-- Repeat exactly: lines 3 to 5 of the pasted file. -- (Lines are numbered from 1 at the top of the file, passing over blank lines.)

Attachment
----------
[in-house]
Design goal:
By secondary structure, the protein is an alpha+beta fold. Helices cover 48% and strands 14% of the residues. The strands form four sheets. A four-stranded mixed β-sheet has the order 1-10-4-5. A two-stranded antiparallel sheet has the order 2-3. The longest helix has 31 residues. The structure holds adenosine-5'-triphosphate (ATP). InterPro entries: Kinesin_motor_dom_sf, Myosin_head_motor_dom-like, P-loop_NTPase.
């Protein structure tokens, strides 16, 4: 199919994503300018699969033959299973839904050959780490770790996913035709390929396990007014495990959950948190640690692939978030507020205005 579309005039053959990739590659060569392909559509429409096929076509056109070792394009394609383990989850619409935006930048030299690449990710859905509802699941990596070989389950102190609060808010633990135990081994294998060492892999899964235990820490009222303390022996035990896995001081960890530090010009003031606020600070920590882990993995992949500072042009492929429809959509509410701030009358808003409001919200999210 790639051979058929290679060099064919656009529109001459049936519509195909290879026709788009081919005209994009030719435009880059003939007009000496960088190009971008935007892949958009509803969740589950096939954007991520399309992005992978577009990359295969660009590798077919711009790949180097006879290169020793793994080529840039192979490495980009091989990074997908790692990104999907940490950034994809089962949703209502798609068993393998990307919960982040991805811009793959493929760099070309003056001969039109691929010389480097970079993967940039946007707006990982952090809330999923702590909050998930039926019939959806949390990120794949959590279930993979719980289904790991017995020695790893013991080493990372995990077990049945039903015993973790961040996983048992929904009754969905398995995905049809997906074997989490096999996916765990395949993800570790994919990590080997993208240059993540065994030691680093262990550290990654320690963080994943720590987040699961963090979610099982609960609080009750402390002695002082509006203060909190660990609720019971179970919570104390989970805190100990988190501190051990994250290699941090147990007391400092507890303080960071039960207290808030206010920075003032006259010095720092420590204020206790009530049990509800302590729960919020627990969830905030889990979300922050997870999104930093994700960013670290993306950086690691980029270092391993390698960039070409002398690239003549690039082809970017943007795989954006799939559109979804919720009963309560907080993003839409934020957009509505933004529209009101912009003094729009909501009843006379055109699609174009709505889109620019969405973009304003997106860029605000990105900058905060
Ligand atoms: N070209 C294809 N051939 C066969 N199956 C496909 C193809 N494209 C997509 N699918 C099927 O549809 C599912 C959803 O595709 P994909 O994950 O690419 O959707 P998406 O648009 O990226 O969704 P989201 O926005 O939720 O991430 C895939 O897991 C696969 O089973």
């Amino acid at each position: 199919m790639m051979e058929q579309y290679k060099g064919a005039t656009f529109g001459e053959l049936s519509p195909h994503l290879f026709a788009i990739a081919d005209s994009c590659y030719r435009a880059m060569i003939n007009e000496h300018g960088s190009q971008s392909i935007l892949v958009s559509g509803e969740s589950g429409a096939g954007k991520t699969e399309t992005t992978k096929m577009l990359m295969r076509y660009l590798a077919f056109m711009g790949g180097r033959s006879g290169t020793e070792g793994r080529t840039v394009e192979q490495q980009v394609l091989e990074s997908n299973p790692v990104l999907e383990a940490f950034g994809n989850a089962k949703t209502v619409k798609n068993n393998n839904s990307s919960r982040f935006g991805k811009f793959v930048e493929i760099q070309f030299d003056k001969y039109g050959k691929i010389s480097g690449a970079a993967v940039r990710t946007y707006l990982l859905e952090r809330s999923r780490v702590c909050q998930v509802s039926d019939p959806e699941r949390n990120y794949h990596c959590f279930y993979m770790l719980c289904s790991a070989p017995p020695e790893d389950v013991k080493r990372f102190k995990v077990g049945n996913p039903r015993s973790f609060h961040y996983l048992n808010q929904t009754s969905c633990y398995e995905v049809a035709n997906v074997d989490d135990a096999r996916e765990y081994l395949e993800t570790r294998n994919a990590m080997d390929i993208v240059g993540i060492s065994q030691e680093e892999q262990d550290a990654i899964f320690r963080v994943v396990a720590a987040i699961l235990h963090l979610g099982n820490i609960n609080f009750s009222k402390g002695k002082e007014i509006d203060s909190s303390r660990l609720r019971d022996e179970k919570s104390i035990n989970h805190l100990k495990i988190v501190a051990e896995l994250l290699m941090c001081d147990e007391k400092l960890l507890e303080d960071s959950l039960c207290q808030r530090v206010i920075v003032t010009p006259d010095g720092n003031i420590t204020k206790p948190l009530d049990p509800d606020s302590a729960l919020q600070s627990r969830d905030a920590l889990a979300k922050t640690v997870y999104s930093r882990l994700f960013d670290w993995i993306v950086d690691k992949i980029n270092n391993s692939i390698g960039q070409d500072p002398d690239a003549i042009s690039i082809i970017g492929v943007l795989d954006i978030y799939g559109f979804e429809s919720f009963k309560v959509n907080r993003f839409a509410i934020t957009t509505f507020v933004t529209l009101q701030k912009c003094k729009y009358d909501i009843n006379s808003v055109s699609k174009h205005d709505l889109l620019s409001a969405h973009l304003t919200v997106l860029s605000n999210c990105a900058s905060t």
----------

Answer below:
By secondary structure, the protein is an alpha+beta fold. Helices cover 48% and strands 14% of the residues. The strands form four sheets. A four-stranded mixed β-sheet has the order 1-10-4-5. A two-stranded antiparallel sheet has the order 2-3. The longest helix has 31 residues. The structure holds adenosine-5'-triphosphate (ATP). InterPro entries: Kinesin_motor_dom_sf, Myosin_head_motor_dom-like, P-loop_NTPase.
């Protein structure tokens, strides 16, 4: 199919994503300018699969033959299973839904050959780490770790996913035709390929396990007014495990959950948190640690692939978030507020205005 579309005039053959990739590659060569392909559509429409096929076509056109070792394009394609383990989850619409935006930048030299690449990710859905509802699941990596070989389950102190609060808010633990135990081994294998060492892999899964235990820490009222303390022996035990896995001081960890530090010009003031606020600070920590882990993995992949500072042009492929429809959509509410701030009358808003409001919200999210 790639051979058929290679060099064919656009529109001459049936519509195909290879026709788009081919005209994009030719435009880059003939007009000496960088190009971008935007892949958009509803969740589950096939954007991520399309992005992978577009990359295969660009590798077919711009790949180097006879290169020793793994080529840039192979490495980009091989990074997908790692990104999907940490950034994809089962949703209502798609068993393998990307919960982040991805811009793959493929760099070309003056001969039109691929010389480097970079993967940039946007707006990982952090809330999923702590909050998930039926019939959806949390990120794949959590279930993979719980289904790991017995020695790893013991080493990372995990077990049945039903015993973790961040996983048992929904009754969905398995995905049809997906074997989490096999996916765990395949993800570790994919990590080997993208240059993540065994030691680093262990550290990654320690963080994943720590987040699961963090979610099982609960609080009750402390002695002082509006203060909190660990609720019971179970919570104390989970805190100990988190501190051990994250290699941090147990007391400092507890303080960071039960207290808030206010920075003032006259010095720092420590204020206790009530049990509800302590729960919020627990969830905030889990979300922050997870999104930093994700960013670290993306950086690691980029270092391993390698960039070409002398690239003549690039082809970017943007795989954006799939559109979804919720009963309560907080993003839409934020957009509505933004529209009101912009003094729009909501009843006379055109699609174009709505889109620019969405973009304003997106860029605000990105900058905060
Ligand atoms: N070209 C294809 N051939 C066969 N199956 C496909 C193809 N494209 C997509 N699918 C099927 O549809 C599912 C959803 O595709 P994909 O994950 O690419 O959707 P998406 O648009 O990226 O969704 P989201 O926005 O939720 O991430 C895939 O897991 C696969 O089973």